Taking all the evidence into account, we believe that the Chartered Teacher Scheme should now be discontinued. Our view is that despite positive steps such as the introduction of the revised Standard by the GTCS and notwithstanding the excellent practice we are sure some chartered teachers bring to schools, the concept of chartered teacher has not worked successfully since it was introduced by the Teachers’ Agreement. The model by which individuals are able to enter the system without sufficient gate keeping regarding their appropriateness has damaged the credibility of the Chartered Teacher Scheme. Similarly the lack of clarity as to the role of chartered teachers has made it dif cult for both local authorities and the teachers themselves to make the most of their skills.

I am sure those involved in the setting up of the College are aware of these problems and will wish to address them as there are some clear questions that a teacher might want answers to before they commit to joining the College of Teaching:

If the existing cohort of chartered teachers does not singularly represent the best teachers in Scotland how will chartered status in England ensure that it does?

Will headteachers…  approve applications for staff to participate in the programme ? If so will Headteachers coerce staff into joining the College, if not, will there be much point in joining the college if the Headteacher doesn’t think you will achieve chartered status? If the Headteacher doesn’t want a teacher to apply for chartered status how much of their free time will a teacher have to devote to attaining chartered status?

Will there be specific duties attached to the role of chartered teacher?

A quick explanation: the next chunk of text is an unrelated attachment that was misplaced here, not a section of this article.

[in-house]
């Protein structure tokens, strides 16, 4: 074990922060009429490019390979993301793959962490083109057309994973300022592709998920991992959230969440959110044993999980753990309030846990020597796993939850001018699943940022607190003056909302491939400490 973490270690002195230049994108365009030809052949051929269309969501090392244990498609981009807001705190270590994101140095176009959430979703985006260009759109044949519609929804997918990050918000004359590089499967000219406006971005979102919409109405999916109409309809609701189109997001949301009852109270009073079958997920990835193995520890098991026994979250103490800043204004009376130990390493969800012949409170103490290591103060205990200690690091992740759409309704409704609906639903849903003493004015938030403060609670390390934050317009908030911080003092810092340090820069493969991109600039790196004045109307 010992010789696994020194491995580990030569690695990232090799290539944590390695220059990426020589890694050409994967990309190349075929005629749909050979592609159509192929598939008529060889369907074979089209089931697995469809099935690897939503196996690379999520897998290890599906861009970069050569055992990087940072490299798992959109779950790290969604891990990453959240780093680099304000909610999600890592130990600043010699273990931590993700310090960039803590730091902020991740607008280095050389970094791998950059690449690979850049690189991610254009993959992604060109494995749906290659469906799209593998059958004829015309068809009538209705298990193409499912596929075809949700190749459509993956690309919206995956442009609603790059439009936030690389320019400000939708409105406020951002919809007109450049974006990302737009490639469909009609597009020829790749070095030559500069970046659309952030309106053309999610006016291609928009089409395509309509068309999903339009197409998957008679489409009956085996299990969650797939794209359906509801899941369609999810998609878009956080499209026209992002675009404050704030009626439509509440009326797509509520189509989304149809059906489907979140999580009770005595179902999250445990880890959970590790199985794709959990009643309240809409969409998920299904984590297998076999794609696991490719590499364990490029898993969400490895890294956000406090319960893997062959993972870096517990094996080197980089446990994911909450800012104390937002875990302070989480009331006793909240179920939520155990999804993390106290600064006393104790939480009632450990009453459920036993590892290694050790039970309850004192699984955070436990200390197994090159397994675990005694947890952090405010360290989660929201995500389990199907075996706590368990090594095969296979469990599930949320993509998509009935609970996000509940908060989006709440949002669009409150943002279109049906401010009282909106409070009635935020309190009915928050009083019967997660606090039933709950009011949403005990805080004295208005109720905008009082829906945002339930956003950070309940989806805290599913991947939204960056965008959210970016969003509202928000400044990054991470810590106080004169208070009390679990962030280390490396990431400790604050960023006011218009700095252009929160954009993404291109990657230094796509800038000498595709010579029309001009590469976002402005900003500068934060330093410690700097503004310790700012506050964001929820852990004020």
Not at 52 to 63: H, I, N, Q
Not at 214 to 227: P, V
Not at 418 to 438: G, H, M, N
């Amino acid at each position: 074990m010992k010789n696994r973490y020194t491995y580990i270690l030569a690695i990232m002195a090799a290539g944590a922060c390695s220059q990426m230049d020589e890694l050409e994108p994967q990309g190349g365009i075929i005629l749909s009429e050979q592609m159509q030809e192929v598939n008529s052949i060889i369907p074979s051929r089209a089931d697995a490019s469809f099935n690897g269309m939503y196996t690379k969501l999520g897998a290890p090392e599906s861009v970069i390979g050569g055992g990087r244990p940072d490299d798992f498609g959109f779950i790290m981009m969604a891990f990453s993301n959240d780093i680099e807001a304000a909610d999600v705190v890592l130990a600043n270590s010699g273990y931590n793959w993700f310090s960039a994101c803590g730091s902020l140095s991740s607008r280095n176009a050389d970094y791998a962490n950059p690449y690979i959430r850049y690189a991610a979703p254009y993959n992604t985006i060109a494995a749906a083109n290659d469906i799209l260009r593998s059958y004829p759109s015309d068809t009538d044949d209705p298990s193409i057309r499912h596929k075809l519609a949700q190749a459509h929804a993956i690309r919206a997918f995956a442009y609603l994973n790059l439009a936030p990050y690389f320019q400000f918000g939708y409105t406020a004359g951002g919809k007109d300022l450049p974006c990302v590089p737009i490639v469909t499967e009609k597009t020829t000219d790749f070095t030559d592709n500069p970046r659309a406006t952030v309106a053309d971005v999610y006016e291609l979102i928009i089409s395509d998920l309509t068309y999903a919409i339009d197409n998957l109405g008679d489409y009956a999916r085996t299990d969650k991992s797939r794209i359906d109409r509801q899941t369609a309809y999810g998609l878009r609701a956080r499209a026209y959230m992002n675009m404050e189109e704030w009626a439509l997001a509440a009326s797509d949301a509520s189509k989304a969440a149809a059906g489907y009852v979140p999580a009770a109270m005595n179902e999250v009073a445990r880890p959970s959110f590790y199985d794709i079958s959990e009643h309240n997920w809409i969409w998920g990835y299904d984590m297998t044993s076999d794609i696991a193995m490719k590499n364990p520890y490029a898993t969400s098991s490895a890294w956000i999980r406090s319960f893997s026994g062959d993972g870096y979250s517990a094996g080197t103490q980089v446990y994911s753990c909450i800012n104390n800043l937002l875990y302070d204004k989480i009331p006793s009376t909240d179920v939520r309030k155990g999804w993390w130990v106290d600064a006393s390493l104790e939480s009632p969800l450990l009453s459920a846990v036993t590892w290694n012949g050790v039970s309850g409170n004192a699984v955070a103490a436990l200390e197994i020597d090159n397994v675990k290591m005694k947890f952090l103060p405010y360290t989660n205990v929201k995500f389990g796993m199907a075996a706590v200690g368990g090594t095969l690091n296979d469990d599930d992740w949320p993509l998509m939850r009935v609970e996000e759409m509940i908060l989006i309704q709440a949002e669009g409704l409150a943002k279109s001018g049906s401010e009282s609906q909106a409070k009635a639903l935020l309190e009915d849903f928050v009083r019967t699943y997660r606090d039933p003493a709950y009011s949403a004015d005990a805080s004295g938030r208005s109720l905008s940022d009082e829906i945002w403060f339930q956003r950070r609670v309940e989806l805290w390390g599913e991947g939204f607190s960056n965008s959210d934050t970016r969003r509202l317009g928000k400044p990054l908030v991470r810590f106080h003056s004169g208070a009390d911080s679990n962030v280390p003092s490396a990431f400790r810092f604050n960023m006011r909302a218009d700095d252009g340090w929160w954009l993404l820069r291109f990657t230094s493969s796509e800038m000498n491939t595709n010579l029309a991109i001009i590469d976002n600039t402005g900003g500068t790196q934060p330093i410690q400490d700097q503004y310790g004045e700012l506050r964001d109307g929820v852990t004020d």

If there are not specific duties will it mean that in some instances, chartered teachers are paid more to undertake the same job they have always done with no improved outcomes for children and young people?

What will be done to ensure there are no barriers to participation in the Chartered Teacher Scheme in the form of finance and the time available to complete the modules? 

How can dedicated classroom teachers [who] are unable to embark on the programme of study that would result in achieving chartered teacher status because of other commitments be sure of their future in the profession, or will they become looked down as second class teachers?

And as the overall contribution made to education in Scotland by chartered teachers does not represent a good investment, due mainly to the lack of any formal role post qualification.

What formal role, if any, will chartered teachers in England have? If so, is there any evidence that teachers want this role, if not will it be a good investment?

I look forward to seeing if any answers to these concerns are forthcoming.

 

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10 thoughts on “Do You Want to be a Chartered Teacher?

  1. tonyparkin

    A timely and salutary tale indeed, and one it would be foolish not to learn from.

    But as the well-known Irish joke goes ‘Ah, to be sure, if it’s there you want to be going, you don’t want to be starting from here’. Any attempt to directly link a teacher’s salary directly to them having some form of charter or certificate should indeed be resisted, and is so flawed a concept I am surprised our usually advanced educational thinkers north of the border went along with such a scheme.

    Nor should any form of duties, perks or direct benefits accrue to the teacher who undertakes the sort of structured professional development that would hopefully be part of the framework generated by a College of Teaching. As with other professions, the CPD framework from such a College would be wide-ranging, and addressing all aspects of professional advancement, from enhanced subject knowledge to behaviour management, from pastoral care to leadership capability. Achieving such qualifications should indicate a teacher’s increased capability, and register them more eligible for career advancement through the existing channels, not be a cynical way of obtaining more pay for the same work.

    At present the CPD arena is a confused mess of chancers, opportunists, half-baked HE courses and pointless INSET – but with some real gems and genuine opportunities buried amongst it. I would love to see a College of Teachers using detached and professional judgment identifying the wheat from amongst the chaff, and establishing a CPD framework that would be widely recognised both within and outside the profession. This should do a great deal to help the teaching profession gain the respect we see given to other professions that have their own Colleges and professional standards-setting bodies.